Column by the Lakeland Motor Museum, Backbarrow:

EVERY now and then, a car will just grab you with the power of its looks.

The Jaguar XK140 sports car at the Lakeland Motor Museum is one of those special vehicles.

The fixed-head coupe is a masterpiece of curved panels and chrome.

But it’s not just pretty.

It had an illustrious racing career, having been driven in 25 British and four international rally events - including the world-famous Monte Carlo Rally back in 1958.

It was owned and driven by a North West rally legend – Bobby (George Herbert Farrer) Parkes.

Bobby Parkes was born in Cheshire and joined Morecambe Car Club in 1953, where he developed his already impressive driving skills.

He notably raced this vehicle in the RAC Rally and the Scottish Rally in 1956, the 1957 Circuit of Ireland and at Monte Carlo.

The car also took part in an event closer to home – the Morecambe Illumination Rally.

It became nicknamed the Battlewagon due to its rallying success (it was originally dark blue – not the bright white you can see now at the motor museum at Backbarrow).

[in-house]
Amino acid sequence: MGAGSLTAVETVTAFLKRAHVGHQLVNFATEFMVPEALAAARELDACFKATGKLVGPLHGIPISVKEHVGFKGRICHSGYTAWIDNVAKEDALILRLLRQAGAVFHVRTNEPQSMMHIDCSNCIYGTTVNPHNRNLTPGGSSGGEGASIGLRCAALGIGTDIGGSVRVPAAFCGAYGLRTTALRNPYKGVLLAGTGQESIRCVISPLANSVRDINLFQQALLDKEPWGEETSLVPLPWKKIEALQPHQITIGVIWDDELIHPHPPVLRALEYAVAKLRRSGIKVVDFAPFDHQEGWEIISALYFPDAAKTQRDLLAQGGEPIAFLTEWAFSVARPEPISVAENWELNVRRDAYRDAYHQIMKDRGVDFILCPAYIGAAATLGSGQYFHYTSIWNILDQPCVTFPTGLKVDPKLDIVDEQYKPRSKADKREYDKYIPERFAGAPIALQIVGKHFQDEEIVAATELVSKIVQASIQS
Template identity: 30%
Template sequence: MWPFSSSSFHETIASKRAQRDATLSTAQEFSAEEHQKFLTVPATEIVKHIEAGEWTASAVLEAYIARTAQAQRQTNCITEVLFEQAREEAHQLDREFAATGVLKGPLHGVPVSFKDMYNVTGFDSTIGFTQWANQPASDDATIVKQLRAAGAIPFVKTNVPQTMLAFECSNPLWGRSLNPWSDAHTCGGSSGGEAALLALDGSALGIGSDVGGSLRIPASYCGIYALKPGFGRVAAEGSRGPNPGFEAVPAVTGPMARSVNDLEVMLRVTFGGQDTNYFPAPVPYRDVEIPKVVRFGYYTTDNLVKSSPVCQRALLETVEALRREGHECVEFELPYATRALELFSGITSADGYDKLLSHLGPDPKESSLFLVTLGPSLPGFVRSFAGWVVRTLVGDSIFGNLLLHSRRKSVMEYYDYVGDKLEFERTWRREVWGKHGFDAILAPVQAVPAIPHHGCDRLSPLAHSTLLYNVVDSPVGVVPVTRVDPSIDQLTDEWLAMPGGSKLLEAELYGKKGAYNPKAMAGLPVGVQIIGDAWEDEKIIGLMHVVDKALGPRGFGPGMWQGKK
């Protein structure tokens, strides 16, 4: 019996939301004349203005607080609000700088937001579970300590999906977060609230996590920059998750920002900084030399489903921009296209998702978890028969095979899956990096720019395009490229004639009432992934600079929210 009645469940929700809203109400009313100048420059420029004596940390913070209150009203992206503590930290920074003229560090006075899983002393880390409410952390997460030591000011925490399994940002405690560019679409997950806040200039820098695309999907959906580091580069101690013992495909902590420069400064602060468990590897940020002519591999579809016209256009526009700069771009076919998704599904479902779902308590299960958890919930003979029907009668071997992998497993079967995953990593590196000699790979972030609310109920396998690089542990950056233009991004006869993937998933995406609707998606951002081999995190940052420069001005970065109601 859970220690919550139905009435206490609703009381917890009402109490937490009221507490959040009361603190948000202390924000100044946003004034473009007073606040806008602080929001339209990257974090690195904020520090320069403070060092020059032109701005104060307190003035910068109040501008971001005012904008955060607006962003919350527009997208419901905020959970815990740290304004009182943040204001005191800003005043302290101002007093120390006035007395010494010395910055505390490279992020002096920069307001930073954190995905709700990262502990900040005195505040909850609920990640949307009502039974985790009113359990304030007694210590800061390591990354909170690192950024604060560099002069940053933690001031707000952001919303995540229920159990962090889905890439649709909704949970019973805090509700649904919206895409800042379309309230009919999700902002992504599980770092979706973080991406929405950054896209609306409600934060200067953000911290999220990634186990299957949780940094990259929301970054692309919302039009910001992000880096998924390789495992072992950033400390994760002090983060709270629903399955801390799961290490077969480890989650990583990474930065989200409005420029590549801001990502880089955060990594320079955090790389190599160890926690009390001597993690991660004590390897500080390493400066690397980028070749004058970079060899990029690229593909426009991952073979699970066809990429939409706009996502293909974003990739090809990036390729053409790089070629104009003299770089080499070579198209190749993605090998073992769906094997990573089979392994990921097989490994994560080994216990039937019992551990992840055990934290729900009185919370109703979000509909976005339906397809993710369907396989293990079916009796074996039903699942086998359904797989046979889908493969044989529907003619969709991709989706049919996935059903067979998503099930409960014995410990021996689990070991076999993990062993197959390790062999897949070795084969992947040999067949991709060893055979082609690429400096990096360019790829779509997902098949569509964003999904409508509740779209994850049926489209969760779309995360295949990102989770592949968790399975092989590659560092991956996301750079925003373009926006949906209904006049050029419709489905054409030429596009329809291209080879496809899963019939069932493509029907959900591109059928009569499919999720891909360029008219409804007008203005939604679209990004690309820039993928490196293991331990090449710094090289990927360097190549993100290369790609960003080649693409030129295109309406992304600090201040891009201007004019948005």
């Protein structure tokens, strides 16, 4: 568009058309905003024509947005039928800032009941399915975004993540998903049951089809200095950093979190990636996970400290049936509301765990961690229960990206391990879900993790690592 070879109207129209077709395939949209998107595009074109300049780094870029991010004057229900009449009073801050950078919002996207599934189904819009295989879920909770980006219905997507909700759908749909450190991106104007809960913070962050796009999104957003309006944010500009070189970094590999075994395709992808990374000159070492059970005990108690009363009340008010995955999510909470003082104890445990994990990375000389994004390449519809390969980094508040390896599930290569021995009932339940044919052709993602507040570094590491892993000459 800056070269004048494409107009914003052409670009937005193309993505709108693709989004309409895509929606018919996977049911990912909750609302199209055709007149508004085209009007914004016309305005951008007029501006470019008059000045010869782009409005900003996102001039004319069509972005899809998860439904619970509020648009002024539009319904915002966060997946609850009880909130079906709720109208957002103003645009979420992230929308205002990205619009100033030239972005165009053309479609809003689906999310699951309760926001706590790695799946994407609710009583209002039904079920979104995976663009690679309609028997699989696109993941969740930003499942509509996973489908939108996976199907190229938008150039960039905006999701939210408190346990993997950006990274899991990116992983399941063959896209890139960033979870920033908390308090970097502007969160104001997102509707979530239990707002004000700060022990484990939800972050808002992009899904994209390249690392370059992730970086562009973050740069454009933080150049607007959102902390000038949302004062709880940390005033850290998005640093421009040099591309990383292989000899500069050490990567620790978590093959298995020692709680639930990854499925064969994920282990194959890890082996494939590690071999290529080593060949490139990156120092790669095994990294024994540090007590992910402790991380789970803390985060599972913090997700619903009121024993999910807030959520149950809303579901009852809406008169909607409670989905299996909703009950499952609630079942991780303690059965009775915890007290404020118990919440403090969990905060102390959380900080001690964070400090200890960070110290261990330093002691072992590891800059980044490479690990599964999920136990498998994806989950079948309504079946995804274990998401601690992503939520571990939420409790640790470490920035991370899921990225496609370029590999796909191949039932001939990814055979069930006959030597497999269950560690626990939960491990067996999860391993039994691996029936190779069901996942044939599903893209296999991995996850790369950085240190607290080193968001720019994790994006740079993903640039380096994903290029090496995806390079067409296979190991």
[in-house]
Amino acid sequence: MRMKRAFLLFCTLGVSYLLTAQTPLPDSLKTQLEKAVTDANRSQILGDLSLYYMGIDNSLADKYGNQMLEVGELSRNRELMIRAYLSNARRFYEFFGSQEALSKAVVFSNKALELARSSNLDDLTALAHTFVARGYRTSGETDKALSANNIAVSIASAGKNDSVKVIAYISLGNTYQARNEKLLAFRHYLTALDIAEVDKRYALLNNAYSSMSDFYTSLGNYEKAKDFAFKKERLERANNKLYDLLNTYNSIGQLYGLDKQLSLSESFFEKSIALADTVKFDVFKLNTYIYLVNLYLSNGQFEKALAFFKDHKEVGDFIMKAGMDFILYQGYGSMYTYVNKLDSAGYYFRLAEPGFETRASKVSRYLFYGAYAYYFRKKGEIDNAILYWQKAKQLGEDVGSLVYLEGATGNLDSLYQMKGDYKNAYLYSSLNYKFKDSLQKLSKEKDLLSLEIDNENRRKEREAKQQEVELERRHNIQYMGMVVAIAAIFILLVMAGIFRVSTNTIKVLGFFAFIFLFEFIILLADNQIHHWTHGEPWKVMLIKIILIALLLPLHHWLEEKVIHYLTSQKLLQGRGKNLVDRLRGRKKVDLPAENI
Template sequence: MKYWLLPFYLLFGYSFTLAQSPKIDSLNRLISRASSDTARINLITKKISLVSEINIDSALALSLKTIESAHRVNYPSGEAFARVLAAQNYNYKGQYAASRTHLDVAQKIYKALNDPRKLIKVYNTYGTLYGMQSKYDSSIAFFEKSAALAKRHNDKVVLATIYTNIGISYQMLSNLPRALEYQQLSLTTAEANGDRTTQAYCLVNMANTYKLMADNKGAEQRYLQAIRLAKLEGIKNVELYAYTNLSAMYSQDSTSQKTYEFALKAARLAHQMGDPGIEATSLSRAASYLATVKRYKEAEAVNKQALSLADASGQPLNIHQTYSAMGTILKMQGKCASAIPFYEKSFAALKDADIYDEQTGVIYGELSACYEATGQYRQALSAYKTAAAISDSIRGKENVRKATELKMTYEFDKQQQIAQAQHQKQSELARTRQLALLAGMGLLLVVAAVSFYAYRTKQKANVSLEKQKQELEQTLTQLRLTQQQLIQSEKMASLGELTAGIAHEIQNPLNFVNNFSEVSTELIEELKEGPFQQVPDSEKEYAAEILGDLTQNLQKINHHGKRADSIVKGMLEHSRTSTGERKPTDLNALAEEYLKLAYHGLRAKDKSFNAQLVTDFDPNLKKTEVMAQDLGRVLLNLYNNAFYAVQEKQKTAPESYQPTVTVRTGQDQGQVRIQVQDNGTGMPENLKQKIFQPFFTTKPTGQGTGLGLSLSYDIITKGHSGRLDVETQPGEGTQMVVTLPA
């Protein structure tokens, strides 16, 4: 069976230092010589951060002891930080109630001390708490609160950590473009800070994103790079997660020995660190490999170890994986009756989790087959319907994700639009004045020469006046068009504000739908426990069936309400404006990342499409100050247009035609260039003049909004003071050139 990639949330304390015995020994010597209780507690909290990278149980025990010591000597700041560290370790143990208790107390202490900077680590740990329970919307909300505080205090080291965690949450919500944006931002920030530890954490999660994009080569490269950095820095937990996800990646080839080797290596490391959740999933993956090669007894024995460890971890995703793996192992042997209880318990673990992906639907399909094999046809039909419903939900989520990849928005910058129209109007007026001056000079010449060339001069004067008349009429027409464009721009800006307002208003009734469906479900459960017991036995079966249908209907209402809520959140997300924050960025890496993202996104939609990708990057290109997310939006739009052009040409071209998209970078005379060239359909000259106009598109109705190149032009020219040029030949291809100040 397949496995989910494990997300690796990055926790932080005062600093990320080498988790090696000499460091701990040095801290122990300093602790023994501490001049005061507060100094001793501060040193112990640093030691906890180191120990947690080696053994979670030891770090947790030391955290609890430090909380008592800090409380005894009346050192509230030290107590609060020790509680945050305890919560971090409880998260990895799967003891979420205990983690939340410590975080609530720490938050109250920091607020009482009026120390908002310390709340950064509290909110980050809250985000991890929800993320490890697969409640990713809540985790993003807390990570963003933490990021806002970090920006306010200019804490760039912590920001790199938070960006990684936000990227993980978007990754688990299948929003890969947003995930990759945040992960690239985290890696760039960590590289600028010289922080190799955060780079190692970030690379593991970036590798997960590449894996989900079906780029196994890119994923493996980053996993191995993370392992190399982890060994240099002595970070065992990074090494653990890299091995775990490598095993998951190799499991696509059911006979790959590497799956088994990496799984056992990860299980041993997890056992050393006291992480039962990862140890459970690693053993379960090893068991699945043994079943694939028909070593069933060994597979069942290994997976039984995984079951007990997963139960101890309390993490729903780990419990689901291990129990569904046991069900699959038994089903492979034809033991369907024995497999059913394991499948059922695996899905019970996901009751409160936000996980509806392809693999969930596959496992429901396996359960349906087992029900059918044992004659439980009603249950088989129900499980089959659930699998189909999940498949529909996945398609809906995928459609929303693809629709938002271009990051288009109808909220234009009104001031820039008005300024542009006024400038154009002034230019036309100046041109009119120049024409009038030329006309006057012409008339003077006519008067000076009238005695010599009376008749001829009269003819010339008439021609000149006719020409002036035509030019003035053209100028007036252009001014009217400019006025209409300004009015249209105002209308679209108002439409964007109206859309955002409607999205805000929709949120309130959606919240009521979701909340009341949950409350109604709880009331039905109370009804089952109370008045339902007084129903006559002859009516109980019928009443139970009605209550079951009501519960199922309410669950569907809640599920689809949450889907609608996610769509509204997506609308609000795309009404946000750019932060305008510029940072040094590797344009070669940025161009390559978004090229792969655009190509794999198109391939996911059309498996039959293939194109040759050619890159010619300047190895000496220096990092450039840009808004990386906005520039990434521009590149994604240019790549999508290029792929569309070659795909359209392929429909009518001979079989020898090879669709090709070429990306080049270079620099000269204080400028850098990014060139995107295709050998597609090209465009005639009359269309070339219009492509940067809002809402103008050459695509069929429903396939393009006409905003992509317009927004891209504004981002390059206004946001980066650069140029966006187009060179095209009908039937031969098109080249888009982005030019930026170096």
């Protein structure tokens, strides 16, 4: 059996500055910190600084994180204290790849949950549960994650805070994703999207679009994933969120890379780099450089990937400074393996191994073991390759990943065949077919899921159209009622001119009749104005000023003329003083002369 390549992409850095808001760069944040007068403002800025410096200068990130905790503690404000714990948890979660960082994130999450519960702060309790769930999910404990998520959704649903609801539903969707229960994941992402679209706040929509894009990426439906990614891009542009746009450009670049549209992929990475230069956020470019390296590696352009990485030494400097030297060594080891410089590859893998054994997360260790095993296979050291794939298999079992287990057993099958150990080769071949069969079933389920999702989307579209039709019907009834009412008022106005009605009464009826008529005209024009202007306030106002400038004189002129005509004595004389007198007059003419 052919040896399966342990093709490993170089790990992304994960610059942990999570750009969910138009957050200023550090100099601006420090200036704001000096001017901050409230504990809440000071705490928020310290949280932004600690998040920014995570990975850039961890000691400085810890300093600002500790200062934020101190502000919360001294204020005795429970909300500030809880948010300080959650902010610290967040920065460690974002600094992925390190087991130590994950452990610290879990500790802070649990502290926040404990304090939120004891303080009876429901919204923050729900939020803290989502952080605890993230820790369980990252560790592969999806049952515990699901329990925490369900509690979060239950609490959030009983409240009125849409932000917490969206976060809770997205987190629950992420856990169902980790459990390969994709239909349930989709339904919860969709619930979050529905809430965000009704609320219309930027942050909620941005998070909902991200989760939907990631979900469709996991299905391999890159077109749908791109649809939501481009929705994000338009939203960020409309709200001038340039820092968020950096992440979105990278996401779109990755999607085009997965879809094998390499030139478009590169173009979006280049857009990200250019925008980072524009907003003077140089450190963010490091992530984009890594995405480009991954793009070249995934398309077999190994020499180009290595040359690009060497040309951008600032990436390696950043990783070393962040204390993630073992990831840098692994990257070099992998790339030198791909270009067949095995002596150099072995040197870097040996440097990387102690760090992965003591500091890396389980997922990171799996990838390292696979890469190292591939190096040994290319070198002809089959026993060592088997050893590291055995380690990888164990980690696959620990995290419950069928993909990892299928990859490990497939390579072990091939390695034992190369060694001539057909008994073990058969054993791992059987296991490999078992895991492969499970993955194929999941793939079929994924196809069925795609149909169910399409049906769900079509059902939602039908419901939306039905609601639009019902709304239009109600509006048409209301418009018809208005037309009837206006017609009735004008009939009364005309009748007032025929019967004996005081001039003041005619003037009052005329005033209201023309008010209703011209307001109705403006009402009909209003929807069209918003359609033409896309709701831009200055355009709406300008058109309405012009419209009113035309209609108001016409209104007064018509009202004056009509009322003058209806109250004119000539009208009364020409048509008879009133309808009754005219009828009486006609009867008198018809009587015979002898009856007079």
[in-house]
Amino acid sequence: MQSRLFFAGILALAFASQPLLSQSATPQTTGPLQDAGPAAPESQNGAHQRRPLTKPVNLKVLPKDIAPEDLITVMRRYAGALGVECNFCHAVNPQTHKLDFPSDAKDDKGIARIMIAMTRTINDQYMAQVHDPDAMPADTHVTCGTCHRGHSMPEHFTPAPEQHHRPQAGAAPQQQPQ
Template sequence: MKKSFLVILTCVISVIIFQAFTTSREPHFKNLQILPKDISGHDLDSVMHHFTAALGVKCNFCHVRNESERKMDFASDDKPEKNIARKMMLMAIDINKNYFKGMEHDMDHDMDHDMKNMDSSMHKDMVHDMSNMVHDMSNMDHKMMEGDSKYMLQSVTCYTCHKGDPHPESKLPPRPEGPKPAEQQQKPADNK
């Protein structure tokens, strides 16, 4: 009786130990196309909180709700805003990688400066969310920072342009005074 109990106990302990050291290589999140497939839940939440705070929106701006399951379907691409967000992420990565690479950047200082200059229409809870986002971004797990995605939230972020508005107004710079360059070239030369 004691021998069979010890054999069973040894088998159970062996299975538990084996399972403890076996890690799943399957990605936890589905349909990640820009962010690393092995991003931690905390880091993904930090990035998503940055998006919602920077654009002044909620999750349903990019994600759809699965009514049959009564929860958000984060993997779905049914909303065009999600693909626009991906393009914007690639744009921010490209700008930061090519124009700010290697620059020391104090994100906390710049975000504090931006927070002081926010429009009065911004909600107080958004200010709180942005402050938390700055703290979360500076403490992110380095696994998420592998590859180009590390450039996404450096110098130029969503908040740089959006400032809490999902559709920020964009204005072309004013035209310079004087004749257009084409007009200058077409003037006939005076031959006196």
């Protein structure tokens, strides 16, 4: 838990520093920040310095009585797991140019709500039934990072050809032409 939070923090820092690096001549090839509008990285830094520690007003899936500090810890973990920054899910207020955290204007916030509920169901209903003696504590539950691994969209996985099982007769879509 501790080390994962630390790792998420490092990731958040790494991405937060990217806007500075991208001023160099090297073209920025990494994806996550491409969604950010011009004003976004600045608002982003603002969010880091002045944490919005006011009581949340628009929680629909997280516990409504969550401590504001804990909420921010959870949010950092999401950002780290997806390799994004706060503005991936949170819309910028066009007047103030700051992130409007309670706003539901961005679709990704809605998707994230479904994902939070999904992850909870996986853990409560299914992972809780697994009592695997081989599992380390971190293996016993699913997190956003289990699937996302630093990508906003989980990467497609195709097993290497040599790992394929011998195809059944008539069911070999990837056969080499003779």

It's one of only 194 right-hand drive special edition models that Jaguar produced.

The Jaguar XK140 series was produced from 1954 to 1957 and came in three body styles: an open-seater roadster, a drophead coupe and this fixed-head coupe.

Its classic wire-spoke wheels were an optional extra.

A standard model, with a twin-cam straight-six engine, had a top speed of 125mph and went from 0-60 in a little over eight seconds.

But the Jaguar is not all about speed.

Enthusiasts describe this particular model as a thing of beauty.

And, when you walk through the doors of the Lakeland Motor Museum, its lines certainly catch the eye.

It’s a classic model from our motoring past that will continue to attract admiring glances well into the future.